Putting a structure to safety
Date: November 14, 2011
A lot of people might not be aware that when Mike Armstrong took over as chairman of the Johns Hopkins Medicine board of trustees, he made patient safety a top focus. He decreed that every meeting start off with something about patient safety. Partly because of his own experiences as a patient—though not bad experiences—he had that view of where potential errors could occur. You couldn’t slide that item down on the agenda, you couldn’t delete it, it had to be first, and he wanted the numbers. He insisted on getting sentinel events reports. He wanted to know everything that was going on with patient safety.
He was like a dog with a bone in his mouth. He would not let this issue go.
Mike understood that we needed to push patient safety out, not only to Bayview, but to Howard County General Hospital, Suburban, Sibley and All Children’s. The question was, What is the best mechanism to make that happen? We knew that the structure couldn’t just sit in the dean’s office or even the school of medicine. It had to encompass all of Johns Hopkins Medicine. We’ve done some successful patient safety and quality care improvement initiatives in pockets and silos—at different hospitals and at centers like the Center for Innovation in Quality Patient Care.
But the value comes into play when we can pull together all of those resources that are embedded in these silos so that we get synergies, so that we’re not duplicating efforts. For example, what we do to improve safety and quality and how we measure success at Hopkins Hospital should be applied not only at all of the other hospitals and ambulatory centers, but as we move toward more clinical integration, also at private doctors’ offices in the system.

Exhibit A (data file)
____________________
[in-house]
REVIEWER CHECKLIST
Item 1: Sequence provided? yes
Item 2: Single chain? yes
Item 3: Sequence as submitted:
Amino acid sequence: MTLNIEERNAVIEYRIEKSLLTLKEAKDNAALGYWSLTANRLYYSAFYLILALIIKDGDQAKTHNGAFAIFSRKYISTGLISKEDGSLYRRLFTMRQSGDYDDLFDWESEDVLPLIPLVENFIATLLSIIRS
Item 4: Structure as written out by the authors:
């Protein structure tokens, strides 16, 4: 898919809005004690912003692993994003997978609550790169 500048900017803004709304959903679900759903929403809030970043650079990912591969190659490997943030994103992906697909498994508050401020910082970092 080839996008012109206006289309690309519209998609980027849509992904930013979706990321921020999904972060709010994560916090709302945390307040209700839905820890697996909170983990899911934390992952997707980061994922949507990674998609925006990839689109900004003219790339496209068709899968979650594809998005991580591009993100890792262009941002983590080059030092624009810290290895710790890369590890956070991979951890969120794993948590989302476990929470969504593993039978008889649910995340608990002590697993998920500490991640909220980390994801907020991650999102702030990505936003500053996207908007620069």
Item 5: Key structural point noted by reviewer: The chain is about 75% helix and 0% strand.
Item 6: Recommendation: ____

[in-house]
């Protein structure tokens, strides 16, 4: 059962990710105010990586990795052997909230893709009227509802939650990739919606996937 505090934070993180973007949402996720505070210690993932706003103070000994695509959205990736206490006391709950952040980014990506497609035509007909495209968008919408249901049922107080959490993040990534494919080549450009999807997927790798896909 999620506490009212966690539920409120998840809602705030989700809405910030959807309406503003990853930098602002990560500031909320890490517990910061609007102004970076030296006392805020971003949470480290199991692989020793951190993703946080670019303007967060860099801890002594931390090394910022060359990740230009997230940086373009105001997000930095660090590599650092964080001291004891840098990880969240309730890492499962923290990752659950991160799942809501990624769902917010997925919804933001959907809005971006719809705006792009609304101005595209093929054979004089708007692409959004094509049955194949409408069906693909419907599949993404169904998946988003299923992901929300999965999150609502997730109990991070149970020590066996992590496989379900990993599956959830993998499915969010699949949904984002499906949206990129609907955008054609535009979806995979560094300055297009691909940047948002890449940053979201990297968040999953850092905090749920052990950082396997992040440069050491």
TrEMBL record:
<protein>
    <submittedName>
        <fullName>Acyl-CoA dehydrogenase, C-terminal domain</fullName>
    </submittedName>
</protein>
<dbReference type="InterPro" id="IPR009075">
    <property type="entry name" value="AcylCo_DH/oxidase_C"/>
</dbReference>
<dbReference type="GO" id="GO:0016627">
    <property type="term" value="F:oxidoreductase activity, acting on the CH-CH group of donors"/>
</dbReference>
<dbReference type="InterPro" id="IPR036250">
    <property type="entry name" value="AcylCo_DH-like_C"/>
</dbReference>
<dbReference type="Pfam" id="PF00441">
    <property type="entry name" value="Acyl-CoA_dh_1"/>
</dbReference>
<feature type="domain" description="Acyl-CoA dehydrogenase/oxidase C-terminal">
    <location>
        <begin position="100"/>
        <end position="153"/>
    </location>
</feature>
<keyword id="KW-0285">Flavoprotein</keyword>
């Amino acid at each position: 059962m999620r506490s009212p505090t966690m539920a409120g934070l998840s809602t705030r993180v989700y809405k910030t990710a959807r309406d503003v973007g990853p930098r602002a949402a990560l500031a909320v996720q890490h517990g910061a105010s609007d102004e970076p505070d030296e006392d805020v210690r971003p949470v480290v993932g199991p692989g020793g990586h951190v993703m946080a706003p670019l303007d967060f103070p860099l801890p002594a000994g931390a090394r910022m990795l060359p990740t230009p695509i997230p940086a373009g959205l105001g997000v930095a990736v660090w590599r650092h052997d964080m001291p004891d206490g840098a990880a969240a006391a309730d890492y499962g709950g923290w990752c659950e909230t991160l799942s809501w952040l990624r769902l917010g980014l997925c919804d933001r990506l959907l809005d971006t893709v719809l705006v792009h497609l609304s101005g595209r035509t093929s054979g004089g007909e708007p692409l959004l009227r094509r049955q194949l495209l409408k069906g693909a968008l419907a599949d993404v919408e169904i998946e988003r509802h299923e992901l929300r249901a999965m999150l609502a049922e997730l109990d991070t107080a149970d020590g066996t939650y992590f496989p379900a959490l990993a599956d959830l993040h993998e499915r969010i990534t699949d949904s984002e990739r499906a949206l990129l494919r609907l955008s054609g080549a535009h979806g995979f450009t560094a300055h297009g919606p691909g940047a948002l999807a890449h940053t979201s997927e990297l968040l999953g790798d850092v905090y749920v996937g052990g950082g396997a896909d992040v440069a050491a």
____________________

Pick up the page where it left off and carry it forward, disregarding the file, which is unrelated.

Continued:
We want to make sure that no matter where patients access our system, they receive the same level of quality care, the same level of safety. There’s no room for debating this point.
That’s where the Armstrong Institute for Patient Safety and Quality comes in. Mike and I have been talking ever since he put up money for the Anne and Mike Armstrong Education Building almost six years ago about what his next gift would be. It stood to reason with his passion that it would support patient safety.
In thinking about who would lead the institute, it was my view, and it was shared by Mike and others, that you can take patient safety only so far on the administrative level. You need a physician leader to drive it further. That is why we tapped Peter Pronovost to head the institute. No question, Peter has the international reputation in this area. We are and should be the leader in this field. The ability to coalesce our safety and quality groups will give us additional strength in the market and the world.
When I was a third-year medical student at the University of Rochester, I had a personal experience with a medical error that has stuck with me. I had gotten to know a young man who was a third-year graduate student going for his Ph.D. He had developed a lesion on his back. A surgeon had removed the lesion, but for some reason never sent it for a biopsy. It turned out to be a malignant melanoma.
Later, when I was doing a rotation in neurosurgery, he came in for a lesion on his brain. I remember that we had several talks in which he said he knew he was going to die and there was nothing he could do about it. We were the same age, yet he was going to die, and I was going on to earn my medical degree. I still think about him and how easily the outcome might have been different had the caregiver taken the simple step of sending that biopsy to pathology or if there had been a protocol in place to follow. I saw this as a preventable medical error.
I understand that there are going to be medical errors and, unfortunately, someone may die as a result. I can accept that only if we have standards and protocols in place across the system and they were followed. Anything short of that is unacceptable.